Ben - That's a very interesting concept. I mean, given how kind of well-known and pervasive its notion of it requiring 21 days to make a habit is. I mean, you'd expect that there's a solid body of evidence behind that. In fact, as part of my work, I actually looked into the kind of evidence base. So, this actually comes from a book that was written by a plastic surgeon in 1960 – it was a self-help book. It wasn’t a kind of scientific text, though. It didn’t kind of undergo peer review or anything. It was just based on his observations that among his patients, it tended to take them 21 days to get used to their new appearance. He also then kind of extrapolated from that and said, well actually, it seems to take about 3 weeks to become used to being in a new house for example. From that, this entire thing has kind of snowballed and we’re now in a situation where it’s kind of assumed that it takes 21 days to form a habit. There's an intuitive appeal to it, but unfortunately, it’s not baseless but it’s based on very weak evidence indeed.
Ginny - So, is there any evidence as to how long it does take for these habits to form?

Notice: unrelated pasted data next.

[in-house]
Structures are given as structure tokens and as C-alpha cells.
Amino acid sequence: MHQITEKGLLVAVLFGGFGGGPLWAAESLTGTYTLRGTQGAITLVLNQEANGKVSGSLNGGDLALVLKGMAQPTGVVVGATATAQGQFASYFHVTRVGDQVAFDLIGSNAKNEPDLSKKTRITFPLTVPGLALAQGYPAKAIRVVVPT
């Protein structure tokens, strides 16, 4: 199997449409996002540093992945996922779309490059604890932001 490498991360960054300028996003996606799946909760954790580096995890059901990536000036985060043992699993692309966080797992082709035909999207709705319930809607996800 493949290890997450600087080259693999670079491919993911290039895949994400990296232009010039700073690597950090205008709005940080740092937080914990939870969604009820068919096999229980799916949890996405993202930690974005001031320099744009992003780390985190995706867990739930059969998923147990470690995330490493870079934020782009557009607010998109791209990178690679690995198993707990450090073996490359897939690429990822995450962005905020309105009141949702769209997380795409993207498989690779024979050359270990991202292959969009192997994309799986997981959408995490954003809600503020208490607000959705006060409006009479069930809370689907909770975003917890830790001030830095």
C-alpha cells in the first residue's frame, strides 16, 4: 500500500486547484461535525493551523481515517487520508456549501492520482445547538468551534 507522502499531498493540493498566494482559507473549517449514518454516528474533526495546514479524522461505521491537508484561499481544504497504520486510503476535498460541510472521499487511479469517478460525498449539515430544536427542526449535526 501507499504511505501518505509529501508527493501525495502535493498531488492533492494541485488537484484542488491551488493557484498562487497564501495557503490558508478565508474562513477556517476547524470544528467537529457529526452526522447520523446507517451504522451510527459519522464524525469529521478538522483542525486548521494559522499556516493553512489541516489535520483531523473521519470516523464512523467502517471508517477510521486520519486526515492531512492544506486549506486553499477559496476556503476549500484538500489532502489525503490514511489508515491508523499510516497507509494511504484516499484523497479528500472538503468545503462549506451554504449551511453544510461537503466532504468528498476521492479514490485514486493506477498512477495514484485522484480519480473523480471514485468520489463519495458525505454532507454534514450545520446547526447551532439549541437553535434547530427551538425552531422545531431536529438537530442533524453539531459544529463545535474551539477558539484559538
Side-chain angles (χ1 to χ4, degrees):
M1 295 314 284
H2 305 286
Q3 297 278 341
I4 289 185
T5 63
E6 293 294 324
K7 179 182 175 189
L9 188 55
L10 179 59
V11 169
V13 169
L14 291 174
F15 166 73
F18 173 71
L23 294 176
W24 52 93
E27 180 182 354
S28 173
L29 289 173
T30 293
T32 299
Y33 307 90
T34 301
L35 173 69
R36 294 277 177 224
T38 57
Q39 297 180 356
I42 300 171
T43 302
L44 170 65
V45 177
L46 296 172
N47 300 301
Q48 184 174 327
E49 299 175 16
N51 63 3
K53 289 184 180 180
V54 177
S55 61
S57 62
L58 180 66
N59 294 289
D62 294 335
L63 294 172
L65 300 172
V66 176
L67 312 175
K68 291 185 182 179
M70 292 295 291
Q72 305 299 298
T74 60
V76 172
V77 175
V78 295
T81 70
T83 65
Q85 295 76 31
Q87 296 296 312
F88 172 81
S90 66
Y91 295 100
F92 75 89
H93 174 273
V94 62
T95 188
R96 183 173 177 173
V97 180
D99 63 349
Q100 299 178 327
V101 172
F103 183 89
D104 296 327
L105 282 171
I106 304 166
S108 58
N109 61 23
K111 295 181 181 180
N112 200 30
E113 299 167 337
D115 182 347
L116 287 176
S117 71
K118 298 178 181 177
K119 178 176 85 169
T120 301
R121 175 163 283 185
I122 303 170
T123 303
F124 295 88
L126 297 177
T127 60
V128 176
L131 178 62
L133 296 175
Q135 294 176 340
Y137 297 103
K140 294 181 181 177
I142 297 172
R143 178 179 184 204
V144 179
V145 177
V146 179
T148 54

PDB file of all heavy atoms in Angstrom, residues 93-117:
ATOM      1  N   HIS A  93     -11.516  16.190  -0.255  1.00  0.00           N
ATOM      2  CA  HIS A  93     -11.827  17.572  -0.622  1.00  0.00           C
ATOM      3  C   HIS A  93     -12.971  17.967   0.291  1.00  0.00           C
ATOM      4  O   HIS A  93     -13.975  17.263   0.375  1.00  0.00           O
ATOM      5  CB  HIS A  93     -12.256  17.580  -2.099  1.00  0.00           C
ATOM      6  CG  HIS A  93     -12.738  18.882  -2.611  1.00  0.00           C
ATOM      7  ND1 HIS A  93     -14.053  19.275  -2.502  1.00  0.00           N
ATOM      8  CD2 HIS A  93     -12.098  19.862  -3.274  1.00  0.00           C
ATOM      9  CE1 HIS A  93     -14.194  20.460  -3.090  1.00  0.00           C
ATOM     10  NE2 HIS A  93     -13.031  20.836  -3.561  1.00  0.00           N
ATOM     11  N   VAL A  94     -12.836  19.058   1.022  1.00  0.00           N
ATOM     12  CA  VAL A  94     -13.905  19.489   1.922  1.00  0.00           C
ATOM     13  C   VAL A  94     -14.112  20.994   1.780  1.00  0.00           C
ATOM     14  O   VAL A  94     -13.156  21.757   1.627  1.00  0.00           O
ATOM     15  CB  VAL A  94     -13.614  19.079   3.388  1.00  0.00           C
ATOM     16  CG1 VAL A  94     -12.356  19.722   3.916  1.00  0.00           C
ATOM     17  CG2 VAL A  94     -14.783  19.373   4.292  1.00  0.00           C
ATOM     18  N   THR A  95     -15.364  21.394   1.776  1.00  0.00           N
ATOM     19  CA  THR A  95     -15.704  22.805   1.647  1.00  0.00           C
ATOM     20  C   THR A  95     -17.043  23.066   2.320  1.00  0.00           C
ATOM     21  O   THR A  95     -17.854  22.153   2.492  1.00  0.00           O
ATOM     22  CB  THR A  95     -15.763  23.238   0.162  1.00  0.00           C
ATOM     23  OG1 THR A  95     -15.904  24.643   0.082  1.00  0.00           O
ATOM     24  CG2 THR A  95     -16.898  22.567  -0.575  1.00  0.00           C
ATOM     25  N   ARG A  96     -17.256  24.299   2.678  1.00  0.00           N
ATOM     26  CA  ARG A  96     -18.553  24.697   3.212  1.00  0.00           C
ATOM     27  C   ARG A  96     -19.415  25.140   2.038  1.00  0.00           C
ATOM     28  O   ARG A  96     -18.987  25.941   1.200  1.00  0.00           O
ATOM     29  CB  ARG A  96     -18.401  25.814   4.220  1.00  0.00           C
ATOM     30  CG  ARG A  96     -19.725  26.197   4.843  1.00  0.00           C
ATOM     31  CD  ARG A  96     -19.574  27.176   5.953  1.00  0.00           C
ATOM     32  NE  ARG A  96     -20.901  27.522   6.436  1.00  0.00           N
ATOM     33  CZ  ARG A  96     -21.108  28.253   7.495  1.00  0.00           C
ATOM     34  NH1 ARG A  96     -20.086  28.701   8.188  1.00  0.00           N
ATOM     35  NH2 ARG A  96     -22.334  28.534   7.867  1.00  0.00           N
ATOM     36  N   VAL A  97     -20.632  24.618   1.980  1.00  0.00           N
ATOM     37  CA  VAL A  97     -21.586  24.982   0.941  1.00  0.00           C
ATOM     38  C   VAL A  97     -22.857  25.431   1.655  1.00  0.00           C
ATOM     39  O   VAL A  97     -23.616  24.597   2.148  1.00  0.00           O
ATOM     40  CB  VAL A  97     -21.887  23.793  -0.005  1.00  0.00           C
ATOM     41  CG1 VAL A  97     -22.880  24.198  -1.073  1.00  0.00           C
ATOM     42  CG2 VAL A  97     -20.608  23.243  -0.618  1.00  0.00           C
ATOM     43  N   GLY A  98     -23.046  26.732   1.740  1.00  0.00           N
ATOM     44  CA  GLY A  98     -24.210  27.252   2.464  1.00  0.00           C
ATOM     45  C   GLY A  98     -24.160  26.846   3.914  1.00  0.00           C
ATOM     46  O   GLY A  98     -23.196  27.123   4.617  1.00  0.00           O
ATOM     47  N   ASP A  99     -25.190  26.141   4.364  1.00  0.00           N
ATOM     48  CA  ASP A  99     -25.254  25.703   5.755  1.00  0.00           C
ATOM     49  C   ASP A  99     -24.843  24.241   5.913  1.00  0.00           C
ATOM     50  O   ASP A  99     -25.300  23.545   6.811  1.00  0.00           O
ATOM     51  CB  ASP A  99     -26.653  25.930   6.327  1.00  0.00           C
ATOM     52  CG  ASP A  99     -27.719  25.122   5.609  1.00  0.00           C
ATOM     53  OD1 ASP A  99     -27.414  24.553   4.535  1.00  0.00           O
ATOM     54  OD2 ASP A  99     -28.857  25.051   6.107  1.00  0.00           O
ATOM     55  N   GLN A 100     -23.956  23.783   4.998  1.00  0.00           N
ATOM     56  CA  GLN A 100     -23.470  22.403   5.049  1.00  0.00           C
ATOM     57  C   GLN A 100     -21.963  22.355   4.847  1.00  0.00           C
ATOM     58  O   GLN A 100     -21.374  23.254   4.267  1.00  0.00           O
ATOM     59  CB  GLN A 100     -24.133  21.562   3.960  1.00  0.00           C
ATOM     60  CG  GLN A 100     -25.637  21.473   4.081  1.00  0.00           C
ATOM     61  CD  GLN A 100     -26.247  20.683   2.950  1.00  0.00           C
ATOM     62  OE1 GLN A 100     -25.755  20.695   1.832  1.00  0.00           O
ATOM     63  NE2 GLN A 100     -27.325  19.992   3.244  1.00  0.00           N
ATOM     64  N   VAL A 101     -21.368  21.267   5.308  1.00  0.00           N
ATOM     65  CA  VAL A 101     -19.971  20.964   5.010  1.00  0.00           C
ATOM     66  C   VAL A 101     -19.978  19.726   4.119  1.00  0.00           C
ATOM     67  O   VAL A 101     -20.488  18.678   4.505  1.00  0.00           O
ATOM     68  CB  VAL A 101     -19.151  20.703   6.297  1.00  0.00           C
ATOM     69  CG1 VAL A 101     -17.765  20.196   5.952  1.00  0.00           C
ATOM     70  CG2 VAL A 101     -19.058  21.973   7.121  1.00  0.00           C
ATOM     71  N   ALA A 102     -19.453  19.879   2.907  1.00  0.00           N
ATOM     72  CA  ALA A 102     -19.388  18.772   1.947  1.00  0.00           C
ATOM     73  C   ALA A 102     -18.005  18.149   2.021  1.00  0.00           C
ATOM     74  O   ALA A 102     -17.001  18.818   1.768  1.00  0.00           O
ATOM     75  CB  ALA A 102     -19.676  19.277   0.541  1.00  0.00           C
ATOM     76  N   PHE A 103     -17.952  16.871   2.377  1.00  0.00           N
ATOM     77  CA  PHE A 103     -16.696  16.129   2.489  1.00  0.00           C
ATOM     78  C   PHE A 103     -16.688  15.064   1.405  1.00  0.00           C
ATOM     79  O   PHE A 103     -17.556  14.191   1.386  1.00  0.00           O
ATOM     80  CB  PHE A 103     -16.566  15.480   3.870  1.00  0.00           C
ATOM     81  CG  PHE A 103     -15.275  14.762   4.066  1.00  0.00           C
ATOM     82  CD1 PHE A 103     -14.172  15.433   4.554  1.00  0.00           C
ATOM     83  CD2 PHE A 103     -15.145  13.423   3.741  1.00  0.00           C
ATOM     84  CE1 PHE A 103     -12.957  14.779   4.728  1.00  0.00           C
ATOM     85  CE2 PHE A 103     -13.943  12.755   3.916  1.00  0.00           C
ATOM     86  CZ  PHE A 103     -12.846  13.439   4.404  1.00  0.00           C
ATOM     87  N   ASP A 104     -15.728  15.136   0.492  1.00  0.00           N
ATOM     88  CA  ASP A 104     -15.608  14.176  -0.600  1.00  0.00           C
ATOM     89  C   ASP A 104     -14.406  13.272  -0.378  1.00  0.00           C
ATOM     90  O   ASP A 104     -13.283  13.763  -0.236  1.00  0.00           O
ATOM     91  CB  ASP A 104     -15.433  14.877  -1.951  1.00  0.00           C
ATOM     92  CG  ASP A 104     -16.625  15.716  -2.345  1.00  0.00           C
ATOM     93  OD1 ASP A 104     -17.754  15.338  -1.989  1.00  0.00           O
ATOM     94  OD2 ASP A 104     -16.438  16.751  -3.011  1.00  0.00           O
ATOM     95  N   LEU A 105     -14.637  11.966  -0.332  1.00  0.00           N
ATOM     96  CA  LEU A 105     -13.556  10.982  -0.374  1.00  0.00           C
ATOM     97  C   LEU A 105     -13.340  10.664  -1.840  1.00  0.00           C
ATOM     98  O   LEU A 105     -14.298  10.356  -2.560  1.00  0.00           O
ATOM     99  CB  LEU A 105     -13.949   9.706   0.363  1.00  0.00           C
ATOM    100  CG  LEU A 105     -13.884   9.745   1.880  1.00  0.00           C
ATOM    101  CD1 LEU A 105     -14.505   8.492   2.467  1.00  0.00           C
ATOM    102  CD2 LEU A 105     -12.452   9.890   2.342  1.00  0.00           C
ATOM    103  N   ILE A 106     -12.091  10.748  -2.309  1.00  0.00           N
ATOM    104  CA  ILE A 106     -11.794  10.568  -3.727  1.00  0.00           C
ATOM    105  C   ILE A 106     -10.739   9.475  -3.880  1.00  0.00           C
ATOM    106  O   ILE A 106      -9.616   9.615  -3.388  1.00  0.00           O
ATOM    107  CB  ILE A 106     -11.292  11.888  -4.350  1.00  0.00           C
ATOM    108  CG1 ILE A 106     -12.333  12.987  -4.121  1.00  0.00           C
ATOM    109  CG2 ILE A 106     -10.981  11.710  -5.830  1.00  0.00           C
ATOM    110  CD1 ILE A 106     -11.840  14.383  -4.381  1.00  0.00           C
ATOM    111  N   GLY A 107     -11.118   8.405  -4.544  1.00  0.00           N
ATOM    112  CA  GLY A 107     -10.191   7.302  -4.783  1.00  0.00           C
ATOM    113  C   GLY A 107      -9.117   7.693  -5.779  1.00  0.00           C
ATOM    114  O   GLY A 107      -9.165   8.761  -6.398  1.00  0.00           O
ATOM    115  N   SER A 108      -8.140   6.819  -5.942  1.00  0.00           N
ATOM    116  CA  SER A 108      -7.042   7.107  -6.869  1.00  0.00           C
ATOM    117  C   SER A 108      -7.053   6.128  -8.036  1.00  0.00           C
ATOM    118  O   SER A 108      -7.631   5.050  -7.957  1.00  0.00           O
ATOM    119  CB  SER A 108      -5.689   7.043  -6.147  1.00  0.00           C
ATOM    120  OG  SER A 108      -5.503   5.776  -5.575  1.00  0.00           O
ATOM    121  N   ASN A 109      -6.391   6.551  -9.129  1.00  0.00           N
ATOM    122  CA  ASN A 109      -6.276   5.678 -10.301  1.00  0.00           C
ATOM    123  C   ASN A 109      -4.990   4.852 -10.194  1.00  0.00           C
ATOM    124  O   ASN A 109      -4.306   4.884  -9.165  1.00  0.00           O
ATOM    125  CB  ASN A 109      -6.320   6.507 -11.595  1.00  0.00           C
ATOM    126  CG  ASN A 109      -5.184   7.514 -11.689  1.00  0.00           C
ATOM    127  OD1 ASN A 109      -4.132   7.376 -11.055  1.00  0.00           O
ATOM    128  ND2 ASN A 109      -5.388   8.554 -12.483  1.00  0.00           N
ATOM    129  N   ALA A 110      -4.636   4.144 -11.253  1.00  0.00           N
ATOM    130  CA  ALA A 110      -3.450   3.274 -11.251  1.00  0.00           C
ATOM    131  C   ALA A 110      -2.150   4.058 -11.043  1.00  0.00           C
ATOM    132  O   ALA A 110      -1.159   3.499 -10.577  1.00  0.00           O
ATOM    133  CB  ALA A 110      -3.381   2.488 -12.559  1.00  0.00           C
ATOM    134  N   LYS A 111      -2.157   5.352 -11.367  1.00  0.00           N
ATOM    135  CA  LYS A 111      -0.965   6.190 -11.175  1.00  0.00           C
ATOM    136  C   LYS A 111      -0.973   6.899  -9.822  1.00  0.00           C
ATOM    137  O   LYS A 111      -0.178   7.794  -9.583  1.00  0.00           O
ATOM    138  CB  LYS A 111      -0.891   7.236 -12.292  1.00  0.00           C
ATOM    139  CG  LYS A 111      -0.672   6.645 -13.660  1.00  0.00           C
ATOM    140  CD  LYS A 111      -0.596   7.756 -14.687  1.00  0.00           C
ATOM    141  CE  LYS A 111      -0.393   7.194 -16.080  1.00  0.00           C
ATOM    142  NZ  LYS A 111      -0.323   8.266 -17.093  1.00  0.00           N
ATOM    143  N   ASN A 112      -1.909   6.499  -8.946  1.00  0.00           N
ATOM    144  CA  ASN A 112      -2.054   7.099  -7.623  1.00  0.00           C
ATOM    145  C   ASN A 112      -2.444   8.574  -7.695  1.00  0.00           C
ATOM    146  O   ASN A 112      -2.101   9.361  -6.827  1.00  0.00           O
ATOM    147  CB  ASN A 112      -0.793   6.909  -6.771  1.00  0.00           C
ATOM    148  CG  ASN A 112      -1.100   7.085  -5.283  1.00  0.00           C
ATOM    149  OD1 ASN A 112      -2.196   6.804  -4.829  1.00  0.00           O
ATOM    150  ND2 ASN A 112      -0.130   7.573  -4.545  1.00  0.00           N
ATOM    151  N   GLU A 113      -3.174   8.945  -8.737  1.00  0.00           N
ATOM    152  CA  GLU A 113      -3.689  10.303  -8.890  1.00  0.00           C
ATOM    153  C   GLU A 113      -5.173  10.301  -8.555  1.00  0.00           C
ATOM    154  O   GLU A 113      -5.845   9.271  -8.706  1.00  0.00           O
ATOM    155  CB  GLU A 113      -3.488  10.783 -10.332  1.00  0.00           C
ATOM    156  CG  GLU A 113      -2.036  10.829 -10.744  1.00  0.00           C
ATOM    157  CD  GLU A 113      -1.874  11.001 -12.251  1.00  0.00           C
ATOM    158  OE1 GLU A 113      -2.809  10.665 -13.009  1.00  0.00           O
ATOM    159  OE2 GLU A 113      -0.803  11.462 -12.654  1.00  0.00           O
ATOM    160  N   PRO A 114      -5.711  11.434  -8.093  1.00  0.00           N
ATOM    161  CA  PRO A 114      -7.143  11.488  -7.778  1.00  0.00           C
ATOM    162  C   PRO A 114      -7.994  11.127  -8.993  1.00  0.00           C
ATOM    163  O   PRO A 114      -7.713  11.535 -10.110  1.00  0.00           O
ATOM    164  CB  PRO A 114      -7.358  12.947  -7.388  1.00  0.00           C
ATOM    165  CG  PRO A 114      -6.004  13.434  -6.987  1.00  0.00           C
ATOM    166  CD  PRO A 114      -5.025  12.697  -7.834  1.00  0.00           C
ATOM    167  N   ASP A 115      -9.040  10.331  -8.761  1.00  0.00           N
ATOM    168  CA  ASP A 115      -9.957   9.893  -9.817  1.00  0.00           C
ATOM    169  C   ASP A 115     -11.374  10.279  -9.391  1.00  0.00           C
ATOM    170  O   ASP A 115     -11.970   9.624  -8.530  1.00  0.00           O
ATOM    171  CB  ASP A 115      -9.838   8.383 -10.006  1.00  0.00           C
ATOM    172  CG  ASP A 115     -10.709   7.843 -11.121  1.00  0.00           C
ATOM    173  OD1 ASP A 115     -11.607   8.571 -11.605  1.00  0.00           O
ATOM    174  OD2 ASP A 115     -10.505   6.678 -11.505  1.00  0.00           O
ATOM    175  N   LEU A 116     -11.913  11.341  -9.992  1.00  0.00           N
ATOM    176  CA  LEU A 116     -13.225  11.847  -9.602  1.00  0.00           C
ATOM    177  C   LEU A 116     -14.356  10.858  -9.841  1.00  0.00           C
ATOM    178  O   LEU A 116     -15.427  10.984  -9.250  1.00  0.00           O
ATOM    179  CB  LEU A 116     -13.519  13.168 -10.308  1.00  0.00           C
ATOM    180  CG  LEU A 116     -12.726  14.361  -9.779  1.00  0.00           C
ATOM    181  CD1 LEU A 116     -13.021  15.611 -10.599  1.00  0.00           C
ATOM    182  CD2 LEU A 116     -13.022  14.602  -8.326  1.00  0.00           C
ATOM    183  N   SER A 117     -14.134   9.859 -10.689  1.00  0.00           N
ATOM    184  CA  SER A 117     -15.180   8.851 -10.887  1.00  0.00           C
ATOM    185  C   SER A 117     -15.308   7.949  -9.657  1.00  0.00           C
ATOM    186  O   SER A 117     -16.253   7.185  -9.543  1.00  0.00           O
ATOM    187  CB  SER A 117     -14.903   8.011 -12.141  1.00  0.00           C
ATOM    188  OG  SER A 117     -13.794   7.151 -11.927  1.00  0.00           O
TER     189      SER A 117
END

Ben - Yes. Within our department, we did a study recently that suggested that it takes on average, 66 days for a habit to form, but that comes with a number of caveats. Within this study, this was a study that was done where 96 postgraduate students were participants in the study. They were asked to choose a behaviour that they wanted to do, a new behaviour. So, that could be a dietary behaviour or a physical activity. And they were asked to do that behaviour once a day every day for a period of 12 weeks. They have to choose a particular context in which they do it. So, for example, after breakfast, I will go for a walk and so on. Now, what the participants had to do was, they had – not only do the behaviour but each day, they have to log on to a study website to log whether they'd done the behaviour and also, how automatic the behaviour felt. So, that gives us that measure of habit as we as psychologists define it. What we actually found was, there was massive variation in how long it took for people to reach their plateau of habit strength. In other words, as automatic as this behaviour was going to become. In fact, the median value is 66 days. So, that's really a kind of headline finding. If you dig a little deeper, something that I needed to put across is that actually, there was a massive variation in how long it took for people’s automaticity or habit strength to peak. There were some people that reached the plateau of their automaticity within just 18 days. There was one person who didn’t reach their peak at all within the 12-week period, but it was forecast that if they carried on doing the behaviour, it would take them 254 days so as you can see, a massive range. And there's also variation in the level at which the habit peaked. So, for some people, it would peak around the midpoint of the scale – a 0 to 42 scale that was used to measure habit. For some people, it peaked there, whereas for others, it peaked to the very top of the scale suggesting that some people could actually form stronger habits than others. But why there should be that difference, we’re not really sure.